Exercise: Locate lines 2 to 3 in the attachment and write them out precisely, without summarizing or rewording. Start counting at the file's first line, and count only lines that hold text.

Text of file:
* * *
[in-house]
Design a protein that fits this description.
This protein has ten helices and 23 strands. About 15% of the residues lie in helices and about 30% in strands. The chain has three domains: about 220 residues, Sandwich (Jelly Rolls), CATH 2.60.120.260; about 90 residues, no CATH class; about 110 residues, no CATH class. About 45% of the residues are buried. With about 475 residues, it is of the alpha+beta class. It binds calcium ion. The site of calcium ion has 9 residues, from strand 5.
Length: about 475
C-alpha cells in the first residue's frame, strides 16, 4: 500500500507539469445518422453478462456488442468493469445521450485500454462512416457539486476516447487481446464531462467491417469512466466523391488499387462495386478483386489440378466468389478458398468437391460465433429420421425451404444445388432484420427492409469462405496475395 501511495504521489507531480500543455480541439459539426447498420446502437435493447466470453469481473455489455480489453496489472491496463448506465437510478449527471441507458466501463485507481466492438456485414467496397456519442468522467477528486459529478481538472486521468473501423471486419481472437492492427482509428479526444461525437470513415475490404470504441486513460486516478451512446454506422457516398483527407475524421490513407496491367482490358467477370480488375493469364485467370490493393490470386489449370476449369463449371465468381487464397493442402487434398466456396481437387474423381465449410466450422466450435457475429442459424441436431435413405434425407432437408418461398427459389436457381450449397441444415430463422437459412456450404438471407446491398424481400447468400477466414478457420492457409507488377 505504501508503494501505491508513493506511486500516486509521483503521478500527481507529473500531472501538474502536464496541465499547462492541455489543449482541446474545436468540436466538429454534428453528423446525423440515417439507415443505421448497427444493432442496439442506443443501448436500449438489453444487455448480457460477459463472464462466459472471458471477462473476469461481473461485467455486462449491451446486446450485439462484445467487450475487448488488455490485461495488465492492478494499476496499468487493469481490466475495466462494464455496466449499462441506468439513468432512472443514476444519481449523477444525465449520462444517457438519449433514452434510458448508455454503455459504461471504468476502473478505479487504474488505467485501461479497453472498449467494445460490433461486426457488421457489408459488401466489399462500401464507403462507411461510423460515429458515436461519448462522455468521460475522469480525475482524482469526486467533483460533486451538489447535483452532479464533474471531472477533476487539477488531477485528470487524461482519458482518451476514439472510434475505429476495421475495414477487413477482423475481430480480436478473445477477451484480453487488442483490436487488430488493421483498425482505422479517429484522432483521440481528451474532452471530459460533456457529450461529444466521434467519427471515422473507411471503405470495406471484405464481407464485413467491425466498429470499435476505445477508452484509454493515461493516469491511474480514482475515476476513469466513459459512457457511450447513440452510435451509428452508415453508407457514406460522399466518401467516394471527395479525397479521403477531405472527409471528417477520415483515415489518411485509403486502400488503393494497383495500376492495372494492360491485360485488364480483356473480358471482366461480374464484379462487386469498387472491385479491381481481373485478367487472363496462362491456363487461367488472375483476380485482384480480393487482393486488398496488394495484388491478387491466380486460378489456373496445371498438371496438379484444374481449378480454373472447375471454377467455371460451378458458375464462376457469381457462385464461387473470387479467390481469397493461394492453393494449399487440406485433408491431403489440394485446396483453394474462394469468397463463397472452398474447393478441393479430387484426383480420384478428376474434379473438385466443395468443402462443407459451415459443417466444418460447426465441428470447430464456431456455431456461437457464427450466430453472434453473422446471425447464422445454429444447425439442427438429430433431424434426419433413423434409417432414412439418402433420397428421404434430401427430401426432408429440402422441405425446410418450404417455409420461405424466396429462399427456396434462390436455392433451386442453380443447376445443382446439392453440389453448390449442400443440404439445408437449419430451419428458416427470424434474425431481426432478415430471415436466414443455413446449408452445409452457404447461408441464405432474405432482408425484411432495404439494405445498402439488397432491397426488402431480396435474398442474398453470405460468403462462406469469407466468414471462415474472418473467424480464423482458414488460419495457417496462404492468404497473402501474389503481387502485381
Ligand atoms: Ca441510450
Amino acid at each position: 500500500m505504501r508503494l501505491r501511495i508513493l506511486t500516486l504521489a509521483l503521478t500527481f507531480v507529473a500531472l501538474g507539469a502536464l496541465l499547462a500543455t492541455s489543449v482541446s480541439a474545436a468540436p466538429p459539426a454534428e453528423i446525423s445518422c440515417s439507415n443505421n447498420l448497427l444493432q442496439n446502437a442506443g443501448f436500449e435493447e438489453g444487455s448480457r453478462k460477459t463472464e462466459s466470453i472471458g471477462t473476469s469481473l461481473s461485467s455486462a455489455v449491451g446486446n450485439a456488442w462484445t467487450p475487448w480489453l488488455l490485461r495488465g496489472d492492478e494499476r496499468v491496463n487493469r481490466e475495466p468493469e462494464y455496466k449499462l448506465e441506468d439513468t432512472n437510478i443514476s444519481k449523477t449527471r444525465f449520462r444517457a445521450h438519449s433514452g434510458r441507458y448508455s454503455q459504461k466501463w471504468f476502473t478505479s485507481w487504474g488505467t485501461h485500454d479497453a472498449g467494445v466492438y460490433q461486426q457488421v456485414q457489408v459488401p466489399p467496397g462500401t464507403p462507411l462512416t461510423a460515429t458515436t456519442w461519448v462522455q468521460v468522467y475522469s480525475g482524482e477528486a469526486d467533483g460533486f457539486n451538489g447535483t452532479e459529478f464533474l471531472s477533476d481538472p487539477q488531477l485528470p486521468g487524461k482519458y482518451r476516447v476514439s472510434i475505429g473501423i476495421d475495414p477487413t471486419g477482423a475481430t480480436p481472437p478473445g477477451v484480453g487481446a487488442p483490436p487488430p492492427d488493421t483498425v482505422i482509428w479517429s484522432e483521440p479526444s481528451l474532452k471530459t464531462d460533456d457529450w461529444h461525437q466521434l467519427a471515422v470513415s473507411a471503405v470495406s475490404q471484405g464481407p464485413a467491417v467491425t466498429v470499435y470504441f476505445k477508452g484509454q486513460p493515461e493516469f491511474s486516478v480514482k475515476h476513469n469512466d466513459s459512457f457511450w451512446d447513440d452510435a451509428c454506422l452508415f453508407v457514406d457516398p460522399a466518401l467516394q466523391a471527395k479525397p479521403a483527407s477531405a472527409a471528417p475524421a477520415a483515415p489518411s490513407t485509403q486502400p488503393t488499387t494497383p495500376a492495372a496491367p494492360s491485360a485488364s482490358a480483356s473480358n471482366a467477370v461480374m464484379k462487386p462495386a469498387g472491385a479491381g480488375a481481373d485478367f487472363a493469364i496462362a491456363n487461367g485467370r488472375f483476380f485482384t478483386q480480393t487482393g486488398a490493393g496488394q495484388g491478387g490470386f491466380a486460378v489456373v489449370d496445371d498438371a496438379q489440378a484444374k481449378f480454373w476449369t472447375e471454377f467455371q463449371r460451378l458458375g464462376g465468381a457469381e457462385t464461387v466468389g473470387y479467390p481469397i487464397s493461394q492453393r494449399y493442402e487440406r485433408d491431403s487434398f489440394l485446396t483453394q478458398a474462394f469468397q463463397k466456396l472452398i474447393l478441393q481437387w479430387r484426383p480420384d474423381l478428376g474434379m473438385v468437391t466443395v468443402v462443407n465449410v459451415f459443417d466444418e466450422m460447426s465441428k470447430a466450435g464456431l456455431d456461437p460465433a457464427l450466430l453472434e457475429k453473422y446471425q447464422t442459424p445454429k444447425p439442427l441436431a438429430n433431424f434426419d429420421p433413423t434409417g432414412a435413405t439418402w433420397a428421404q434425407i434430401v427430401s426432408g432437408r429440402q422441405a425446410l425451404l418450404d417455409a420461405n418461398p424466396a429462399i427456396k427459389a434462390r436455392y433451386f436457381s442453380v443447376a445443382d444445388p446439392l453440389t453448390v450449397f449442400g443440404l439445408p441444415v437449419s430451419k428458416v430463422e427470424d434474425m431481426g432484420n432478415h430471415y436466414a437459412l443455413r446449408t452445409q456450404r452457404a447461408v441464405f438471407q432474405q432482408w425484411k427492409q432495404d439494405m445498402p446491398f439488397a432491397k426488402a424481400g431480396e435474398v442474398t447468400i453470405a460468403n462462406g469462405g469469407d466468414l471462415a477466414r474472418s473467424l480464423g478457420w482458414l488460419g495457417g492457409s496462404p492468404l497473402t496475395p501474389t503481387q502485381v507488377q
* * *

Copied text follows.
Design a protein that fits this description.
This protein has ten helices and 23 strands. About 15% of the residues lie in helices and about 30% in strands. The chain has three domains: about 220 residues, Sandwich (Jelly Rolls), CATH 2.60.120.260; about 90 residues, no CATH class; about 110 residues, no CATH class. About 45% of the residues are buried. With about 475 residues, it is of the alpha+beta class. It binds calcium ion. The site of calcium ion has 9 residues, from strand 5.